When Bad Business Pays Off

According to an article in Friday’s New York Times, Vitaly Borker is back in prison.

Infamous for a previous business venture, DecorMyEyes.com, Borker believes strongly in the tenet that “any press is good press,” which he followed to its logical conclusion, running the business as erratically and counterintuitively as possible to remain in the spotlight.
Rather than simply not providing customer service, Borker’s businesses, most recently OpticsFast.com, were known for harassing customers who were foolish enough to complain, delivering products that were cheap knockoffs of, and sometimes totally different from what the customer bought, and relying on an overabundance of bad reviews (and blog posts like this one) mentioning the company by name to give it enough of a viral buzz to rise to the top of the Google listings.
While it is inexplicable at best how these terrible reviews and exposés could possibly lead to increased sales, something similar did work for Amy’s Baking Company, a café in Arizona savaged by Gordon Ramsay’s Kitchen Nightmares in an original 2013 episode, and a follow-up the following year, in which the chef tested some of the claims from the mountain of bad reviews the restaurant had gotten, finding some true, but overall far from the worst restaurant in the nation as Yelp had claimed.  Not that the episodes were exactly flattering, showing the owner Amy, her husband, and her staff arguing and fighting dysfunctionally on camera.
The immediate aftermath of this episode, however, was the exact reverse of what one might expect — Amy’s was overwhelmed with business, and grew rapidly for the next year, becoming a tourist attraction of sorts, before eventually being forced to shut down anyway. Not because of lack of business, however, but because of an ongoing dispute with their landlord… not the happiest ending, but still a dramatic case study of recovering from, and maybe even profiting from, bad publicity. 10. Ativan is an effective medication as long as you don’t get hooked on it. That is why it is necessary to follow the doctor’s guidelines during the treatment. I suffer from numerous depressive disorders, so Ativan is a life-savior for me. I take it almost 2 years, but I do the breaks in order not to misuse its potential. https://www.3dorganon.com/ativan/ helps take the edge off after 20 minutes of using it.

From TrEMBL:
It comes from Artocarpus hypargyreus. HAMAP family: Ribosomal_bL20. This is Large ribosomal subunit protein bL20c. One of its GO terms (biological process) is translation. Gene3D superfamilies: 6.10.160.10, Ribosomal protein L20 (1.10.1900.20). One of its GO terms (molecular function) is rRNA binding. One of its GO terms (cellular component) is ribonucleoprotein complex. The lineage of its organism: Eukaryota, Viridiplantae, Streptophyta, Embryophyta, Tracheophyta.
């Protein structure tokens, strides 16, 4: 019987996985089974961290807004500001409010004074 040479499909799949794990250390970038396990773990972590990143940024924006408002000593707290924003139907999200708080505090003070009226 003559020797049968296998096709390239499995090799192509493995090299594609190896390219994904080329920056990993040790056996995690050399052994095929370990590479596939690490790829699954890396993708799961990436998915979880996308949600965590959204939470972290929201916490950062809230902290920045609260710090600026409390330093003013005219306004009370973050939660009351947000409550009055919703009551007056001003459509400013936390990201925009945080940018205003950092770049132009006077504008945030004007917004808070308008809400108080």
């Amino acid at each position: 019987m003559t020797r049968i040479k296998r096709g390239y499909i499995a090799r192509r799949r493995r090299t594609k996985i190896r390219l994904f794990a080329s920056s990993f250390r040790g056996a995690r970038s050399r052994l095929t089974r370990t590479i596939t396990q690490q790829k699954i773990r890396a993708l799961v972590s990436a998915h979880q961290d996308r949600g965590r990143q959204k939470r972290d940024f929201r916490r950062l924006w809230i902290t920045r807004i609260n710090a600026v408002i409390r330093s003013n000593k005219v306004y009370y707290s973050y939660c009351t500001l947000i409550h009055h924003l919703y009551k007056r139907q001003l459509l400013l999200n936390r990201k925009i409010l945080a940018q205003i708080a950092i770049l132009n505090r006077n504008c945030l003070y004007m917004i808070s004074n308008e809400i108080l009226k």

Borker’s story doesn’t have even that as a positive – as the charges and complaints continue to mount, customers who complained about the inadequate product and obtuse pricing on the site have been coming forward with reports of hundreds to thousands of calls, texts and emails harassing them, with few redeeming characteristics shown to mollify the latest wave of bad press.
Bad service has been a hallmark before, of just the right kinds of greasy spoons and fine-art galleries. The phrases “cheeborger cheeborger” and “no soup for you!” remain embedded in our cultural consciousness to this day for a reason – a distinguishing characteristic of the restaurants (both fictional, but based on real places in Chicago) that would be an integral part of the experience, to the point that someone eating there and treated perfectly normally might be disappointed with the lack of terse, brusque counter service.
As a small business owner, this begs the question: after a bad enough review, is it ever time to own it and feature it as part of your management?
The answer, of course, is rarely. Normally, the best route to take is to make the customer happy, unless the review has already gone so viral that there is no way to make it go away.  If, and only if, your establishment has become nationally famous by way of its review, should any attempt be made to accentuate it and ride it to success.
Otherwise, remember that the customer should always come first… even if those 15 minutes of fame make a few bigger paychecks, it’s usually if not always best to focus on sustainability and complete growth!

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